Austin’s Invisible Rain Dome Is All a ‘Balcony Fault’

One of the benefits of spending more than 30 years forecasting in Texas is learning about local weather patterns in the forecast area. As a meteorologist who has seen hundreds of storm events unfold across the region over time, you begin to recognize the patterns that storms often follow, even if there is no obvious reason for this outcome.

And in Central Texas, even amateur weather watchers have noticed one pattern in particular: Austin’s invisible rain dome.

What you need to know

  • Storms sometimes weaken near Travis County, then strengthen again
  • Topography may play a role in storms
  • The terrace fault is characterized by a significant change in elevation

The scenario is as follows: Severe thunderstorms approach Travis County — with the city of Austin in the center — from the west, bringing heavy rain and resulting in severe weather. But as the convective line moves across the county, the storms suddenly weaken, sometimes almost dissipating.

Then, as the line moves into eastern Travis County, storms quickly intensify and flare up again as they head east. The result is heavy rain both west and east of the city, but little or no rain in the central part of Austin.

This radar view from April 5 is an excellent example.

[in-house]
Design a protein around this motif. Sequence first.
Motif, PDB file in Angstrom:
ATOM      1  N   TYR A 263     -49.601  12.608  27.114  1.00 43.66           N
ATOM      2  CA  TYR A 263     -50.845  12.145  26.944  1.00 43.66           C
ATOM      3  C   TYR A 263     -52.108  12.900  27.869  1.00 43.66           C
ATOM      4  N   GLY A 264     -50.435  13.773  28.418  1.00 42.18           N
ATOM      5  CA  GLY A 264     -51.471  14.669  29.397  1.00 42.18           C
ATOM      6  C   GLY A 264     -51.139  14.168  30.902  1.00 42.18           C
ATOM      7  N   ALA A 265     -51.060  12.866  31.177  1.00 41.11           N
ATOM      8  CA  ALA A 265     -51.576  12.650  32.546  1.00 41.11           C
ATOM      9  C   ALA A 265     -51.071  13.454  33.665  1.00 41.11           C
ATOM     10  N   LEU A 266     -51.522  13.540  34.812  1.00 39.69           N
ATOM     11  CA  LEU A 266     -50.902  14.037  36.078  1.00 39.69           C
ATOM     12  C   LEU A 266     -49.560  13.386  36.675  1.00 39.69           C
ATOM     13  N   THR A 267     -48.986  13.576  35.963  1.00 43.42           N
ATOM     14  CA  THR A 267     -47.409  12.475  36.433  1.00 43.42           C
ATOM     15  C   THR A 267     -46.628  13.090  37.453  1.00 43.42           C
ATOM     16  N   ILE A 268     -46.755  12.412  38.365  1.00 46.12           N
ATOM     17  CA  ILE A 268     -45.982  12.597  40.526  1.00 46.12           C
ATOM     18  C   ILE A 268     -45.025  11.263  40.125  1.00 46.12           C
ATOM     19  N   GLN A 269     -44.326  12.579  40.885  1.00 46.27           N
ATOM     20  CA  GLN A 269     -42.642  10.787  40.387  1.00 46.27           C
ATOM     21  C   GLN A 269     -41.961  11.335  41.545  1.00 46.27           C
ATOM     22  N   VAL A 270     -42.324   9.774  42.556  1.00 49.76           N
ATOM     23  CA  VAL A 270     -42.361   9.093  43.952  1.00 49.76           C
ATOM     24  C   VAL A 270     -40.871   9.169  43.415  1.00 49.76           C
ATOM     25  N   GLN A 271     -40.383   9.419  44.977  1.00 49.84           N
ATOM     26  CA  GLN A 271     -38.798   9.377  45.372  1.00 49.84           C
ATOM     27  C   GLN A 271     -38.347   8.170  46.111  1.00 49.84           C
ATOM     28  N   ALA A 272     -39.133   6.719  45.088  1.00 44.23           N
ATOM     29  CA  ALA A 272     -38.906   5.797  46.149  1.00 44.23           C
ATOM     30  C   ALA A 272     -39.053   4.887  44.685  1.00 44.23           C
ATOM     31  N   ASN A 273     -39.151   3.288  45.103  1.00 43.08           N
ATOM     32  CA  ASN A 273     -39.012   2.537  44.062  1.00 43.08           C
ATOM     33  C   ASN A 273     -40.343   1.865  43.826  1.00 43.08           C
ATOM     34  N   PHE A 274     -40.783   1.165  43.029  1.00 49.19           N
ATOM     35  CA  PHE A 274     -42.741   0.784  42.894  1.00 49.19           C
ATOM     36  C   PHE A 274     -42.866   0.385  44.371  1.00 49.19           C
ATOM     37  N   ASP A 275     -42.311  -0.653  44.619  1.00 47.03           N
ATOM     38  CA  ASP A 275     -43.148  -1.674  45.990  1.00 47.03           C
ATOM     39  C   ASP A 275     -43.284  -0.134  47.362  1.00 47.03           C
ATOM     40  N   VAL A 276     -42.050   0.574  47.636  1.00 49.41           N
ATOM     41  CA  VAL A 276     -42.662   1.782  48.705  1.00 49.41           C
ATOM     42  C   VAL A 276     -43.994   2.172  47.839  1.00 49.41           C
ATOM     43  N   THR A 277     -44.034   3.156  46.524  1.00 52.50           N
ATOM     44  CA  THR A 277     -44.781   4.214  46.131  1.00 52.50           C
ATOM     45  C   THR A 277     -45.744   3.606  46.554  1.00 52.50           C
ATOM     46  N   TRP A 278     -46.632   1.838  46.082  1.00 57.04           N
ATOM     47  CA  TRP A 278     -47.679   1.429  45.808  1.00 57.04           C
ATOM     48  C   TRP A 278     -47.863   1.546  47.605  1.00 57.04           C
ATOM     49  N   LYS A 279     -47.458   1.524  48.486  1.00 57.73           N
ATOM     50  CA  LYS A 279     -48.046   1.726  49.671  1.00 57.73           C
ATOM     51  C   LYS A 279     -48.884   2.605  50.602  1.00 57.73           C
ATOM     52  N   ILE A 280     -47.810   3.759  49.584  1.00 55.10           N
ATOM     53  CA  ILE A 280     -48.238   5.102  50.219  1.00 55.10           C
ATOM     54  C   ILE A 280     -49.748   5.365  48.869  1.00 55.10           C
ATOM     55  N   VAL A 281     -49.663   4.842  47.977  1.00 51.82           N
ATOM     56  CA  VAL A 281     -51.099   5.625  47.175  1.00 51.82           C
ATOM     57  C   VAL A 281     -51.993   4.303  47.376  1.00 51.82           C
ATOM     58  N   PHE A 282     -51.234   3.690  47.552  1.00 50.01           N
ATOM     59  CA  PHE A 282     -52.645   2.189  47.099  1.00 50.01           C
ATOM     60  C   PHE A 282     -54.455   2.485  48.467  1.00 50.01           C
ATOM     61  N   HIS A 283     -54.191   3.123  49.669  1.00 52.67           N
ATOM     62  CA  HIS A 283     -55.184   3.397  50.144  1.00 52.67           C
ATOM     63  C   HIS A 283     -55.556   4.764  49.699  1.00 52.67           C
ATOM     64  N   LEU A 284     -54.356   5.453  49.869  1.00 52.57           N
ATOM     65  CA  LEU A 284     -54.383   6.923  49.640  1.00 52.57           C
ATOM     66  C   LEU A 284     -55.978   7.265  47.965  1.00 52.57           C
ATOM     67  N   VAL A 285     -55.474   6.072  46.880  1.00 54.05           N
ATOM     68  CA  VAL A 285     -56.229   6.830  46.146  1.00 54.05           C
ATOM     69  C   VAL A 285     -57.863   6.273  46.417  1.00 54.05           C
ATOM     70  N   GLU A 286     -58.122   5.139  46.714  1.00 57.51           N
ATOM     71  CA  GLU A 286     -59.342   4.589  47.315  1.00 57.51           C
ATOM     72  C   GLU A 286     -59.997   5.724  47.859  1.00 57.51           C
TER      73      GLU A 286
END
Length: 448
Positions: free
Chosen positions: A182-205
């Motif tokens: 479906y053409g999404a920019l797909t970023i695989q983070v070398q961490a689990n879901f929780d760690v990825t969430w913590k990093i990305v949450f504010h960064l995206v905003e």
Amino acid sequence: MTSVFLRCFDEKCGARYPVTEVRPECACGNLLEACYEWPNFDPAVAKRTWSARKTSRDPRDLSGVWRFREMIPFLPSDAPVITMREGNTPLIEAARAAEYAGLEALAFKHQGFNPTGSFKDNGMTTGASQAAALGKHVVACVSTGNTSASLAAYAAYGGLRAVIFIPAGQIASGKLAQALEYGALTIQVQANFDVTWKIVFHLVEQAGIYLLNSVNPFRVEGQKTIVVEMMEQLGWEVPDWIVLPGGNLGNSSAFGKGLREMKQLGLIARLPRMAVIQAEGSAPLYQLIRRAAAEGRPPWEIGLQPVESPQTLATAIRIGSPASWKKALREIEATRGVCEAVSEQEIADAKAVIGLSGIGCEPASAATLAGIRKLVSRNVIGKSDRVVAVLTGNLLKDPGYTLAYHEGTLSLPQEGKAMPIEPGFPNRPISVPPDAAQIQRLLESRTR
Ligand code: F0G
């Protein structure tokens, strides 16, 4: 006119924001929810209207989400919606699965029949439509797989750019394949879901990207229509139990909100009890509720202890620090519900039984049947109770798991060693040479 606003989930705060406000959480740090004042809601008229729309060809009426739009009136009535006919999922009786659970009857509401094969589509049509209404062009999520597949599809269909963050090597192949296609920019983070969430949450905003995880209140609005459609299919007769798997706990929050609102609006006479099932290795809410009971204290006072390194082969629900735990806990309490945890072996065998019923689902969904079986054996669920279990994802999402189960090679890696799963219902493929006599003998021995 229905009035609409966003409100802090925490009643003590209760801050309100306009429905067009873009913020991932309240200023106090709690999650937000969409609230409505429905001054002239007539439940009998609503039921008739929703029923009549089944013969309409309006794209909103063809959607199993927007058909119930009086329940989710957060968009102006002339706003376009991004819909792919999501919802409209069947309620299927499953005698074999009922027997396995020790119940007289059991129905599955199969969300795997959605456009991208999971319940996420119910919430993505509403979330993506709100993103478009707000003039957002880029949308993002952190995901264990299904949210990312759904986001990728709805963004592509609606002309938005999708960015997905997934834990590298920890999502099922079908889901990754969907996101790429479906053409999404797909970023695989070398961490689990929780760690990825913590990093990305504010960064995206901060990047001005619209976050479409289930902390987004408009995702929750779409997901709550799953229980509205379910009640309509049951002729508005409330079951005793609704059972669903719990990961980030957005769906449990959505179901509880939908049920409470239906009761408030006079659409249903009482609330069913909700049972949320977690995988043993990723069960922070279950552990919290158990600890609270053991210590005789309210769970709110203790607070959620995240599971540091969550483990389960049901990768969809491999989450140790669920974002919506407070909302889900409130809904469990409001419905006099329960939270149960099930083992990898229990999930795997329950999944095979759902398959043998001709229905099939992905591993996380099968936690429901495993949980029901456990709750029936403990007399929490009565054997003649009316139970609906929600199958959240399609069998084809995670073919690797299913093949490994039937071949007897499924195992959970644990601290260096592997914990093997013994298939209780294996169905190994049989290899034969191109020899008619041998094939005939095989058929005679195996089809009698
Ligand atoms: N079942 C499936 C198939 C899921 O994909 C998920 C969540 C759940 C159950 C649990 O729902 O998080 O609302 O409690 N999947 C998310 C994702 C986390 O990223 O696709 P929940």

Powerful storms suddenly lost intensity as they emerged from the hills west of Austin, shooting back across the eastern edge of the city.

Austin’s invisible rain dome strikes again.

This is the thing that drives this forecaster crazy, and sometimes it seems like the dome actually exists. But I have a theory why this happens.

It’s the balconies’ fault…pun intended

The Balcones Fault line runs from the Dallas/Fort Worth area southwest through Waco, Temple, and Austin and then west through San Antonio to Del Rio. It is the route that I-35 takes through central Texas.

The error can be easily seen in the visible true-color satellite image circled in red. It forms the eastern border of the Texas Hill State and the western border of the Texas Coastal Plain.


To the west, the land is at a much higher elevation and falling rapidly, as shown in this geographic section.

(Utah Austin Bureau of Economic Geology)

Elevation change is most pronounced in Travis County along the Colorado River.

(Utah Austin Bureau of Economic Geology)

So what’s going on with the storms here?

In most cases, strong and severe thunderstorms are rooted to the surface. This means that storm flow is generated at ground level and rises into the storm. But as storms move through western Travis County, the bottom drops as the line reaches the fault zone.

This results in a sudden interruption in storm flow and the storms weaken quickly. But as the storm line reaches the eastern part of the county, it reshapes the surface flow and intensifies quickly.

It is not an invisible rain dome but a microscopic geographical phenomenon.

This drives me crazy.

Our team of meteorologists dig deep into the science of weather and analyze timely weather data and information. To view more weather and climate stories, check out our weather blogs section.

(Tags for translation) Meteorologist Dan Robertson

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